Stop curtain falling on Cape Town film industry‚ pleads De Lille
The credits could roll on Cape Town’s film industry unless urgent action is taken‚ mayor Patricia de Lille said on Wednesday.
Speaking at the signing of an agreement with the industry on its growth and transformation‚ De Lille said: “The business-as-usual approach cannot continue‚ because if we do not adapt we may not have a film industry next year.”
The industry had been through one of its toughest years‚ she said‚ outlining steps the city council was taking to help drive its recovery. They include:
- Pegging film tariffs for three years;
- Making the Civic Centre‚ Steenbras Dam and the Atlantis dunes available as filming locations; and
- Launching a film commission “that truly represents a collaboration of the film industry and government to enable us to put Cape Town’s best foot forward to the international community”.
De Lille said the city council was determined to make Cape Town the film hub of Africa. However‚ “we work from the premise that the world owes us nothing”.
Almost 7‚000 permits had been granted in the last year‚ she said‚ making film a key job creator. “But honest‚ frank discussions this year revealed that the industry needs to have a hard look at its operations in terms of inclusivity and access.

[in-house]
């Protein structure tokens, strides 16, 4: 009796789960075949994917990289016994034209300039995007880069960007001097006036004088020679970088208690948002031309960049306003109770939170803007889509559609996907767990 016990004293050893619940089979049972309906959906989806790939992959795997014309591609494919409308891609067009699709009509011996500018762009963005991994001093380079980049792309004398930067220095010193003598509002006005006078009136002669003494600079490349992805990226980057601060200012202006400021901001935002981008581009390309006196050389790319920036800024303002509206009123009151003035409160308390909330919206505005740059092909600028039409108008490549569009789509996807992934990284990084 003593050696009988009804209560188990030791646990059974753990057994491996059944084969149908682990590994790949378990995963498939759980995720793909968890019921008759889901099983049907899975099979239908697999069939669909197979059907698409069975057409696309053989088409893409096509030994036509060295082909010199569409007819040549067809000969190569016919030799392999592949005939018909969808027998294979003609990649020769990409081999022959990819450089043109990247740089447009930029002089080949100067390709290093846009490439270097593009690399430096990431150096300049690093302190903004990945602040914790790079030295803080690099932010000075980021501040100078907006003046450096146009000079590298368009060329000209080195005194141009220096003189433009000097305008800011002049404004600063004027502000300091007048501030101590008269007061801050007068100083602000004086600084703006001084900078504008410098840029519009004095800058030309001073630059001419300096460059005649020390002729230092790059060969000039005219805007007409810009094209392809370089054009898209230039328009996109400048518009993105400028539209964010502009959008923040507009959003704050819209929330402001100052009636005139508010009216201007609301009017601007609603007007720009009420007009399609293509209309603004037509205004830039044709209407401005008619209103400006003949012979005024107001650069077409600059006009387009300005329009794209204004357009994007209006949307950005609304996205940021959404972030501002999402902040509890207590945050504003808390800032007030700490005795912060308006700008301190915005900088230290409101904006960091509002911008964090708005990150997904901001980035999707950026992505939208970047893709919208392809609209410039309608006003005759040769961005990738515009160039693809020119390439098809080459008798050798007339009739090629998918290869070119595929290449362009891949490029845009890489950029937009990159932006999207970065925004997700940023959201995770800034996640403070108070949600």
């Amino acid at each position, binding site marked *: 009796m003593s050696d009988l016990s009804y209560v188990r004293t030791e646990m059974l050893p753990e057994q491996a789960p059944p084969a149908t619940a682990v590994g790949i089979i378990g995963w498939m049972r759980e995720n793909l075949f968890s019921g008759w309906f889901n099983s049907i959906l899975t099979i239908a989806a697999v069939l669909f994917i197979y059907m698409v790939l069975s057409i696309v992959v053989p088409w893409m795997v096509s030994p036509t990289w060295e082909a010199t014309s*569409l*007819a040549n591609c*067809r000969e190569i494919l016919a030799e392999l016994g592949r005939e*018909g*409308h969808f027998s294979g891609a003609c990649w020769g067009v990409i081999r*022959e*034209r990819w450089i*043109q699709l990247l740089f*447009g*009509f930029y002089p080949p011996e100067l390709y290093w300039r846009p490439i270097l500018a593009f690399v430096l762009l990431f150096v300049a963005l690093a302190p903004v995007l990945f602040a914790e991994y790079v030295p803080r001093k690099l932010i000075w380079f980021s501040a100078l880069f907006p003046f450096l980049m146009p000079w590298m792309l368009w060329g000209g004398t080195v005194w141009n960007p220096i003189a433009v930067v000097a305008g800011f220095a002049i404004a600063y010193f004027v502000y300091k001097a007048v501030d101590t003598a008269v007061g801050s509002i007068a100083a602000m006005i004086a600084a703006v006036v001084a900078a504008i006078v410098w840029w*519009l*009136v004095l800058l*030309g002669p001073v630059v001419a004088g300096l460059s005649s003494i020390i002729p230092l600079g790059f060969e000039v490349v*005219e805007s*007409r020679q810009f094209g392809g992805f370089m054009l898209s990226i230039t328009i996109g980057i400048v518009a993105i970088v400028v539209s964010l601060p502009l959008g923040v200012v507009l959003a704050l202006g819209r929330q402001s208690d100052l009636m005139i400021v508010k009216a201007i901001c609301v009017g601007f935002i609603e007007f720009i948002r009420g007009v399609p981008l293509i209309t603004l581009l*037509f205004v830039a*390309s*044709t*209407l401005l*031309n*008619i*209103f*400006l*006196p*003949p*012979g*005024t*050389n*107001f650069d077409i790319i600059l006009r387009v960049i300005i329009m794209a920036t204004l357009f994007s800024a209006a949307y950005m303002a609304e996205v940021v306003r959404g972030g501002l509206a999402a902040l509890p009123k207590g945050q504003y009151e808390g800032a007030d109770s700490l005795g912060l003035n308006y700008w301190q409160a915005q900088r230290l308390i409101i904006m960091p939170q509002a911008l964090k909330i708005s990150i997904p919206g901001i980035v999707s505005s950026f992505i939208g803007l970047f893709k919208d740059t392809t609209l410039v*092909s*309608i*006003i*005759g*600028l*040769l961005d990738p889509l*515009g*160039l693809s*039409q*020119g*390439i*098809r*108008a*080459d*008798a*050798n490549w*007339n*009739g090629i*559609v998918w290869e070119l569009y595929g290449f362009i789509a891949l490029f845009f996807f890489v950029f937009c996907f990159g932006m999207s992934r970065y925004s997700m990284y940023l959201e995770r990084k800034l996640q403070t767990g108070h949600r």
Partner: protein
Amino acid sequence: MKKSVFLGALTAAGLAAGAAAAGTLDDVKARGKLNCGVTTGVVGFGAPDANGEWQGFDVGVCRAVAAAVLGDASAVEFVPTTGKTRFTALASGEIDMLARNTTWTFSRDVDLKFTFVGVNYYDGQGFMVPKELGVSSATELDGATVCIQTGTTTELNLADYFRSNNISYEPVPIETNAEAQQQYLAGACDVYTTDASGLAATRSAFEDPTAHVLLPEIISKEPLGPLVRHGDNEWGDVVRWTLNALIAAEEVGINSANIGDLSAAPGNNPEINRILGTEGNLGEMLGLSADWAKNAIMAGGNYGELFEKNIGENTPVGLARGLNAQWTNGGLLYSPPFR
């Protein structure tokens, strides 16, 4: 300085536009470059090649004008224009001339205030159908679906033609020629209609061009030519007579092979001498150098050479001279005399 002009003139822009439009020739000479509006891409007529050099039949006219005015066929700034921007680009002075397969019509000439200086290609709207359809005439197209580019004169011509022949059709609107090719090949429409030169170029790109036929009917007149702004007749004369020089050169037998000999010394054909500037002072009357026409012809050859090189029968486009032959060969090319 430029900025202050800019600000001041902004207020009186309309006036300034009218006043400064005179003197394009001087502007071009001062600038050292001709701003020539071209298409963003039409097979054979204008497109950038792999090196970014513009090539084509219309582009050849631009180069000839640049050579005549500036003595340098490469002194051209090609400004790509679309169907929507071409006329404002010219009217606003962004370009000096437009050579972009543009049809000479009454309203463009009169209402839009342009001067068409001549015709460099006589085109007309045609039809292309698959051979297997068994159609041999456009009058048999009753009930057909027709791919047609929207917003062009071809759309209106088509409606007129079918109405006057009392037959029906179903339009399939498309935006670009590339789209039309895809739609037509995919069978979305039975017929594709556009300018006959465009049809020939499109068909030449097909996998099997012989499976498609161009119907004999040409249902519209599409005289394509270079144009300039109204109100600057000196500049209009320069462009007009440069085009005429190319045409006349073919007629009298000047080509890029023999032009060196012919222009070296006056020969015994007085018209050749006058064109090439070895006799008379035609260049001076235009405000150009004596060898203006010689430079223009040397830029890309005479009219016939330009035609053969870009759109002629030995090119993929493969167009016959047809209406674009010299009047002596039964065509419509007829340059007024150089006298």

“The industry cannot continue to benefit just a few big players at the top. It needs to be representative of Capetonians of all races and genders because everyone has something unique to offer.
“It is encouraging to see that industry leaders here today will sign a pledge that commits us all to these objectives.”
De Lille drew parallels with the events industry‚ which had proved that a robust partnership between the council and businesses could bring “incredible” success.
“This year the city attracted eight signature events that contributed more than R3-billion to the local economy and created more than 20‚000 temporary jobs‚” she said.
“With commitment from the industry and the city we can emulate such success.”